Another contributing factor is that Peter's co-worker is Silas (Silvanus in 5:12), who also had worked with Paul. Silas probably carried the letter to Asia Minor on Peter's behalf, and may have helped Peter write it. Peter's statement in 5:12, "By Silvanus, our faithful brother as I consider him, I have written to you briefly," would at least indicate that he sent the letter by Silas. But some scholars think it meant that Silas helped write the letter, since 1 Peter is written in much better Greek than 2 Peter. First Peter uses many phrases and ideas from Paul and these could have come from Silas. Later in 2 Peter, it could be assumed that no secretary was available and Peter wrote the letter without help.
It would be perfectly natural for the surviving principal apostle to send a message of encouragement to Gentile churches if the apostle to the Gentiles had just died. Therefore the best view for the occasion for Peter to write to Paul's churches was the death of the Apostle Paul. The reason he only wrote to the fringe churches in 1 Peter was because Paul's primary churches already had Timothy in the area of Ephesus to encourage them; these fringe churches would be most susceptible to defection and attacks from within and without.
The persecutions of Nero against the Roman Christians provided much of the content for the letter. Peter, knowing persecution would become worse, carefully prescribed conduct designed to bring honor to the One they represented. So the purpose of 1 Peter was to encourage Christians to face persecution so that the true grace of Jesus Christ would be evidenced in them (5:12). Peter did not want the thorns of this world to choke out the seed which Paul had planted. He perceived the danger of defection to be especially susceptible to outside attack.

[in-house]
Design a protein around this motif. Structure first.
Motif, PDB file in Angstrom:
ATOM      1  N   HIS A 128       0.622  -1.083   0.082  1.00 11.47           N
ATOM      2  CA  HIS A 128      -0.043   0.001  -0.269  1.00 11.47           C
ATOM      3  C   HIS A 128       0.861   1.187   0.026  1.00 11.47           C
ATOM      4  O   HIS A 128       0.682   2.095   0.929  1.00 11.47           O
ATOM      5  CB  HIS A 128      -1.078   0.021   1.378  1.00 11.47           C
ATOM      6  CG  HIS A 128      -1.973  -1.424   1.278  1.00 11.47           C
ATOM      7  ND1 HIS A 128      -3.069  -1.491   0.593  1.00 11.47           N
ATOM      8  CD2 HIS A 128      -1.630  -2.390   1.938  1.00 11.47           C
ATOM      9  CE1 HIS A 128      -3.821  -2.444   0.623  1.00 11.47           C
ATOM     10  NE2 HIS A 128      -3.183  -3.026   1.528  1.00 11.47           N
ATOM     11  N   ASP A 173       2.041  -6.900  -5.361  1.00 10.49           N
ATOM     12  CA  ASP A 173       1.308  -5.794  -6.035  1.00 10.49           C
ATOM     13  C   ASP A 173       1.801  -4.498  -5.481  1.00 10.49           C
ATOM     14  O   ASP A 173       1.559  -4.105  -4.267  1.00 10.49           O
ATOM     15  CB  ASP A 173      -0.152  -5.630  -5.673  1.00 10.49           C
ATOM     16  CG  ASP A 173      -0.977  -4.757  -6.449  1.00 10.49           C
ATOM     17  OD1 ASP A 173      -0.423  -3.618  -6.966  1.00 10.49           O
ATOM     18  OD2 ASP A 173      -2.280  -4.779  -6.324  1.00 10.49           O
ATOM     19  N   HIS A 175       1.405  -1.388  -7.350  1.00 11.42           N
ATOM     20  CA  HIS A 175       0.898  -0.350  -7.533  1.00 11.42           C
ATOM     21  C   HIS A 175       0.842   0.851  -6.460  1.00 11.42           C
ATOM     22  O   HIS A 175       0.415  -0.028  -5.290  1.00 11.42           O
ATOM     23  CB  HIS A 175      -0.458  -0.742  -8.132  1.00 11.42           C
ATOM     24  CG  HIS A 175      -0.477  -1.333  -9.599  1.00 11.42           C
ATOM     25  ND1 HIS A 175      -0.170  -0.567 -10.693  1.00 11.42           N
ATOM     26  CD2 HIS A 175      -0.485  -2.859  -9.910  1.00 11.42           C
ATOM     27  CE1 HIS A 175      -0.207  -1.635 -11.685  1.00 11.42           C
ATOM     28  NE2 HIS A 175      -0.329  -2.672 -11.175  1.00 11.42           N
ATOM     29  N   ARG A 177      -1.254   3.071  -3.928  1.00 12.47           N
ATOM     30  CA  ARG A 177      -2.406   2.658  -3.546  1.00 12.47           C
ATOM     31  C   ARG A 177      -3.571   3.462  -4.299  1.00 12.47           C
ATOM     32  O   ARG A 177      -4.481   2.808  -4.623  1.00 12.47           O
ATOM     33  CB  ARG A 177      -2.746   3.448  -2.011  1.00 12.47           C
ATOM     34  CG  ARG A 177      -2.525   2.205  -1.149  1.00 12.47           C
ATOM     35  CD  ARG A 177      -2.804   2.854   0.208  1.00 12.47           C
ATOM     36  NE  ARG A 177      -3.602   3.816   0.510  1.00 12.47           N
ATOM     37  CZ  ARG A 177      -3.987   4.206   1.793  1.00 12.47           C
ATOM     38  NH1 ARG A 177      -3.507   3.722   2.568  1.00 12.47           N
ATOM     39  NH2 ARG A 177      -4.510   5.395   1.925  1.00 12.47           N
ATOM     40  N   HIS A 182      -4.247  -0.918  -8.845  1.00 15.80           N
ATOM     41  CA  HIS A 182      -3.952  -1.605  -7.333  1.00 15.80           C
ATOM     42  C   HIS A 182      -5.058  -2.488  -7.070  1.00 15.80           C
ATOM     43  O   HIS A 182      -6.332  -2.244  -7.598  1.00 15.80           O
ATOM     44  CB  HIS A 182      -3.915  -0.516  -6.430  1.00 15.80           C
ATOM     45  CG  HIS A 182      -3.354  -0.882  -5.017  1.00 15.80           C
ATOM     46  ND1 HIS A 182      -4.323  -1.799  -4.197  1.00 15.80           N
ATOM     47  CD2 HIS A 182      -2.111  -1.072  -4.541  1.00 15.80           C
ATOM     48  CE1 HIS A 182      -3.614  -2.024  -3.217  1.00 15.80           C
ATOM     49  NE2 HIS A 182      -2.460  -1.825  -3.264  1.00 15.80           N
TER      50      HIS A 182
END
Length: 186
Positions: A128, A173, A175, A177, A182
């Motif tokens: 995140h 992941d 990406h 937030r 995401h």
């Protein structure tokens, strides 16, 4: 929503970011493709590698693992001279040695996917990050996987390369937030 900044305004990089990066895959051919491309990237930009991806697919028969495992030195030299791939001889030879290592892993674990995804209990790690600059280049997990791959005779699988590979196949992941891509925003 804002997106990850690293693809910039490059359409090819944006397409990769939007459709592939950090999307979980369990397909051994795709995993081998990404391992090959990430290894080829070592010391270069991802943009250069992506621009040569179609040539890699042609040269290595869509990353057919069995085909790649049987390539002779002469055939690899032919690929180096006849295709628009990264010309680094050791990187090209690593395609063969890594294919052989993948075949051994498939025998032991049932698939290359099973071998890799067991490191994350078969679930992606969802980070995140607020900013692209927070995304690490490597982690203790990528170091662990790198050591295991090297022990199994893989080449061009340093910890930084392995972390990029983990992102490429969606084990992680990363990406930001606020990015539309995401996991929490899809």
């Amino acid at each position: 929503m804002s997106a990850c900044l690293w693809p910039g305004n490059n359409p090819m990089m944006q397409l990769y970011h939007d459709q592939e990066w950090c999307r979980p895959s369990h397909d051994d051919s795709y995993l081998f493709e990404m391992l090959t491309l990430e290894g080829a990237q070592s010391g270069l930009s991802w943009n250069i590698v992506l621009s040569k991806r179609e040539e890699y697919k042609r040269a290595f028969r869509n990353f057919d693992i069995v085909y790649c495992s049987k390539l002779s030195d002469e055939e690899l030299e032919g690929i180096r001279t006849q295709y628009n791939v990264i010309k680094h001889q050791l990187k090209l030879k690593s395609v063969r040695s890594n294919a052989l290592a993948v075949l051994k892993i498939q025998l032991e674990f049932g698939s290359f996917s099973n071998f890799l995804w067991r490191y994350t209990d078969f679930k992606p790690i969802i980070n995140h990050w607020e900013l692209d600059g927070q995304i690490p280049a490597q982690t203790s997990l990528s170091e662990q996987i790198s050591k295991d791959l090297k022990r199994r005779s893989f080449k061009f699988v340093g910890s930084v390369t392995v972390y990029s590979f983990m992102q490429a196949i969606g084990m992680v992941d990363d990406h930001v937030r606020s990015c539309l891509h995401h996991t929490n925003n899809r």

Again according to Dr. Daniel Wallace, Peter probably waited only until he had heard of the reaction of Paul's second generation disciples to his first epistle, then he wrote his second epistle. Second Peter has characteristics of a letter but also characteristics of a last testament. He knew his end was near, and wanted these believers to be able to survive spiritually without an apostolic testimony (2 Pet. 1:12-15).
An important thing to understand is that these two letters from Peter have the effect of showing the disciples that Paul's and Peter's Christianity was the same—so these believers would be able to continue to stand strong in the faith when these two principal apostles were gone (3:2). This would be even more necessary as persecution and false teachers became really strong.
Why is this all important for our understanding of 2 Peter? If this letter was indeed Peter's last will and testament, his statement of unity with the apostle Paul written to Paul's churches...if this letter was intended to encourage Paul's disciples after Paul's death and help them to continue to stand firm in the faith after the death of the two apostles they knew best, then the idea is reinforced that this is the capsule statement of the apostolic doctrine of the Christian life. Consequently, we can take this letter as the summary of what our responsibility is for our lives, the capstone of biblical revelation concerning how to live the Christian life.
2 Peter Flow Chart
2 Peter 1:1-7
2 Peter 1:8-11
2 Peter 1:12-15
2 Peter 1:16-21
2 Peter 2:1-3
2 Peter 2:3b-10a
2 Peter 2:10b-22
2 Peter 3:1-6
2 Peter 3:7-10
2 Peter 3:11-16
2 Peter 3:17-18